Article Text

Implementation of BSG/ACPGBI/PHE polypectomy surveillance guidelines safely reduces the burden of surveillance in a screening cohort: a virtual model study
  1. Roisin Stack1,2,
  2. Jayne Doherty1,2,
  3. Neil O'Moráin1,2,
  4. Blathnaid Nolan1,
  5. Juliette Sheridan1,
  6. Garret Cullen1,2,
  7. Hugh Mulcahy1,2,
  8. Maire Buckley1,
  9. Gareth Horgan1,
  10. Mohamed Hamed1,
  11. Edel McDermott1,
  12. Glen Doherty1,2
  1. 1Centre of Colorectal Disease, St Vincent's University Hospital, Dublin, Ireland
  2. 2School of Medicine, University College Dublin, Dublin, Ireland
  1. Correspondence to Dr Roisin Stack; stack.roisin{at}


Objective To evaluate the impact of British Society of Gastroenterology/Association of Coloproctology of Great Britain and Ireland/Public Health England (BSG/ACPGBI/PHE) 2019 polypectomy surveillance guidelines within a national faecal immunochemical test-based bowel cancer screening (BS) cohort on surveillance activity and detection of pathology by retrospective virtual application.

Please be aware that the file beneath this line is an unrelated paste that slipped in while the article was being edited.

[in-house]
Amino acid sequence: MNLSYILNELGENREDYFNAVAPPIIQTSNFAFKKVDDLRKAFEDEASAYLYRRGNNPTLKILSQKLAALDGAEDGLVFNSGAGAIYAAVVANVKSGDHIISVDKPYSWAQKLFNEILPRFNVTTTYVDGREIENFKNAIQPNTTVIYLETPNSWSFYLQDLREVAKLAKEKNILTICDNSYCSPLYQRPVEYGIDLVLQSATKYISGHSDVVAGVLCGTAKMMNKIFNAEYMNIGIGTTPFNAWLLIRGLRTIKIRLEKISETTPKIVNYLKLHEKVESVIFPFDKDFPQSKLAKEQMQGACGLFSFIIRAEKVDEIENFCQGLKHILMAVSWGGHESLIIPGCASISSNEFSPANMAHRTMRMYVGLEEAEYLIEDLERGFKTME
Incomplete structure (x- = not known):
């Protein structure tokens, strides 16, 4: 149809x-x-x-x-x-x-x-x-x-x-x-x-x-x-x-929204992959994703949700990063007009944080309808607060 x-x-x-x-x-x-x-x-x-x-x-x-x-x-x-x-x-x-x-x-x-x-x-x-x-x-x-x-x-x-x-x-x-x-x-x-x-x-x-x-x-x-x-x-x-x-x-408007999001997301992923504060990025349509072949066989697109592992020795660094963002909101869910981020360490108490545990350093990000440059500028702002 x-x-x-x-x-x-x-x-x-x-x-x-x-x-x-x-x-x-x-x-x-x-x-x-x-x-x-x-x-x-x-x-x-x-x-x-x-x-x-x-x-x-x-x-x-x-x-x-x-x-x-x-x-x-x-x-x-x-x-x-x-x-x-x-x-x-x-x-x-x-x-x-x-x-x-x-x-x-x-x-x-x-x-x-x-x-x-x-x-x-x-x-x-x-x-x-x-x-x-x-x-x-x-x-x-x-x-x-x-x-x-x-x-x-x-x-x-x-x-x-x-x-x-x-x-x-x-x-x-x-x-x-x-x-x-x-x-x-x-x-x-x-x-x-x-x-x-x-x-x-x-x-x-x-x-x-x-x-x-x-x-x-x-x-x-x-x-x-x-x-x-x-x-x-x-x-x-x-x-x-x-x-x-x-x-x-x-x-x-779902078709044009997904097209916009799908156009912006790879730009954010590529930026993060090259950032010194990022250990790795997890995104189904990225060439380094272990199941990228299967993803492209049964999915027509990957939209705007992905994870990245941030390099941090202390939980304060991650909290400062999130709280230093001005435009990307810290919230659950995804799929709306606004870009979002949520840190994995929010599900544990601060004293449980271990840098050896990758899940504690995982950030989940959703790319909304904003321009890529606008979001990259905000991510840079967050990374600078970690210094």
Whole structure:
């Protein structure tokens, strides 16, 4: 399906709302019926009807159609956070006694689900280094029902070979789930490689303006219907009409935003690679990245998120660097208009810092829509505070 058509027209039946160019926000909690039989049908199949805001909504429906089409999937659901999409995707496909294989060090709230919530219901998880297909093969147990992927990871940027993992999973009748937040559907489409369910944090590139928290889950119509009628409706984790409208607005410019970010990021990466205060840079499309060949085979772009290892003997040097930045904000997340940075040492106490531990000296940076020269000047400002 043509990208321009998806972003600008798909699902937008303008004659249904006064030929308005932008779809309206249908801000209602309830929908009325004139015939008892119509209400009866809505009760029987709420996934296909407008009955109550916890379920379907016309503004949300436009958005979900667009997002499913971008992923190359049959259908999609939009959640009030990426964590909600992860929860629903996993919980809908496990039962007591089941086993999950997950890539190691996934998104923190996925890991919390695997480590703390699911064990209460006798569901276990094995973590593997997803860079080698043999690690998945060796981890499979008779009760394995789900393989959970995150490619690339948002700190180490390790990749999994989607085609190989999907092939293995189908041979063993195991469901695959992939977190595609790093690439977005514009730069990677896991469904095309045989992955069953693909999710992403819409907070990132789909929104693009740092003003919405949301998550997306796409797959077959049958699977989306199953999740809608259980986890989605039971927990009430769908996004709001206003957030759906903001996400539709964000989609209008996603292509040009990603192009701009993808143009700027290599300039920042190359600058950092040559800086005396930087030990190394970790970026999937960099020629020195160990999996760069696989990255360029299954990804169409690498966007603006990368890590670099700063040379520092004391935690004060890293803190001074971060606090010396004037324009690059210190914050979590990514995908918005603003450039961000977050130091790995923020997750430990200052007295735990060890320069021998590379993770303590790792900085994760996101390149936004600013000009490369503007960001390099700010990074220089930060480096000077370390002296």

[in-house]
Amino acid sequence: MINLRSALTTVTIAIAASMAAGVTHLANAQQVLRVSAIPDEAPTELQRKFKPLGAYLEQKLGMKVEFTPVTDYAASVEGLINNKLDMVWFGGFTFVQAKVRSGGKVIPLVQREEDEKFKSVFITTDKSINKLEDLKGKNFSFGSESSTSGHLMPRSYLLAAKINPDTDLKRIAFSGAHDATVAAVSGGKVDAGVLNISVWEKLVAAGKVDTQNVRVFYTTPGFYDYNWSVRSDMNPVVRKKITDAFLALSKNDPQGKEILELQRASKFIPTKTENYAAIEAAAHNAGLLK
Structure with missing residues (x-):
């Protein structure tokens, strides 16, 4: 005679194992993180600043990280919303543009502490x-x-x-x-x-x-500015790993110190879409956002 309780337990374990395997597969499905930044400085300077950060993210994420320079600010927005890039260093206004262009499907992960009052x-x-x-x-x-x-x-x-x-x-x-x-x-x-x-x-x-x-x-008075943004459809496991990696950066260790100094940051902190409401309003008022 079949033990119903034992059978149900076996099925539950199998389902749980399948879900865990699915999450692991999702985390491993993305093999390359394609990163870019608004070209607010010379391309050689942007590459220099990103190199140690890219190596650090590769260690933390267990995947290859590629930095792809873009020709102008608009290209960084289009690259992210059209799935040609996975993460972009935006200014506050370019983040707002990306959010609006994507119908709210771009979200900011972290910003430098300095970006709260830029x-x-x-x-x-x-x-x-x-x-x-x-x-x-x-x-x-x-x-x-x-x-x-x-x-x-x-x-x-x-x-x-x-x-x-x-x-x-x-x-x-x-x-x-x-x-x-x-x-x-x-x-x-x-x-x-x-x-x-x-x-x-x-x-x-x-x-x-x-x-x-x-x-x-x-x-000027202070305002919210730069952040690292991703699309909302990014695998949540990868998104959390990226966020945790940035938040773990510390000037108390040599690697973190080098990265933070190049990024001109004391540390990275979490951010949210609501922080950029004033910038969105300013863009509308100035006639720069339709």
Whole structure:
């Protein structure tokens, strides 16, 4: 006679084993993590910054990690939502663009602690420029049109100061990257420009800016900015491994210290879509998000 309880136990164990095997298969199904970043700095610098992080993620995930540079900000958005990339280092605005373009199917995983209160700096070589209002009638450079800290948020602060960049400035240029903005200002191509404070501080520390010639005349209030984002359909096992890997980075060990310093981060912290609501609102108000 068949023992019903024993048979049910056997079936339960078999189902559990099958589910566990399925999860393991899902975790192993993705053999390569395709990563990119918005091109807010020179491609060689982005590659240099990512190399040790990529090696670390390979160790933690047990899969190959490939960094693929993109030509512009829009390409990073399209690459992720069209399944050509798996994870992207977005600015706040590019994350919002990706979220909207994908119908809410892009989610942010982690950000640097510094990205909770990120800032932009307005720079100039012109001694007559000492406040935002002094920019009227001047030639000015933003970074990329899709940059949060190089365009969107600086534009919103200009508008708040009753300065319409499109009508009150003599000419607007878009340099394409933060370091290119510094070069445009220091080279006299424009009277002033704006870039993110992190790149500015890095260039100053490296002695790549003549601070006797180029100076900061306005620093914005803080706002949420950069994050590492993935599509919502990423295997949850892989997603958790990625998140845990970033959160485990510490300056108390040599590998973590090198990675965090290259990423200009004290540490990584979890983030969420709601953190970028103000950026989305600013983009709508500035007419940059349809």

Design A retrospective review of BS colonoscopies performed in 2015–2016 with 5 years prospective follow-up in single institution. Index colonoscopies were selected. Incomplete colonoscopies were excluded. Histology of all resected polyps was reviewed. Surveillance intervals were calculated according to BSG/ACPGBI/PHE 2019 guidelines and compared with pre-existing ‘European Guidelines for Quality Assurance in Colorectal Cancer Screening and Diagnosis’ (EUQA 2013). Total number of colonoscopies deferred by virtual implementation of BSG/ACPGBI/PHE 2019 guidelines were calculated. Pathology identified on procedures that would have been deferred was reviewed.